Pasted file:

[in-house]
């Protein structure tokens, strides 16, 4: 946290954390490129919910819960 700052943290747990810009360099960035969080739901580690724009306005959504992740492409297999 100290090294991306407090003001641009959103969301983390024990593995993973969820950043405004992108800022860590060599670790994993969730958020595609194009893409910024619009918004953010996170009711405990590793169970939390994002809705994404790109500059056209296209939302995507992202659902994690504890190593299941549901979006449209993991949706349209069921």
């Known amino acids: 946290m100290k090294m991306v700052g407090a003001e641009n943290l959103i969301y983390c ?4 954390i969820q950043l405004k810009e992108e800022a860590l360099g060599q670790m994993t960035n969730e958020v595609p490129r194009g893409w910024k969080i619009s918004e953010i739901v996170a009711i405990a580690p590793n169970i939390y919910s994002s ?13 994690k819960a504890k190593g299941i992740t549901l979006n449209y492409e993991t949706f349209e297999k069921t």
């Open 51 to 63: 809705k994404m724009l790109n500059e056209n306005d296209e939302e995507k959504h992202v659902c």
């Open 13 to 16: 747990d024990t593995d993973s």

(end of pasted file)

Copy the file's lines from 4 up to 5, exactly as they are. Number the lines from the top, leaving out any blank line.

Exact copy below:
């Open 51 to 63: 809705k994404m724009l790109n500059e056209n306005d296209e939302e995507k959504h992202v659902c």
């Open 13 to 16: 747990d024990t593995d993973s």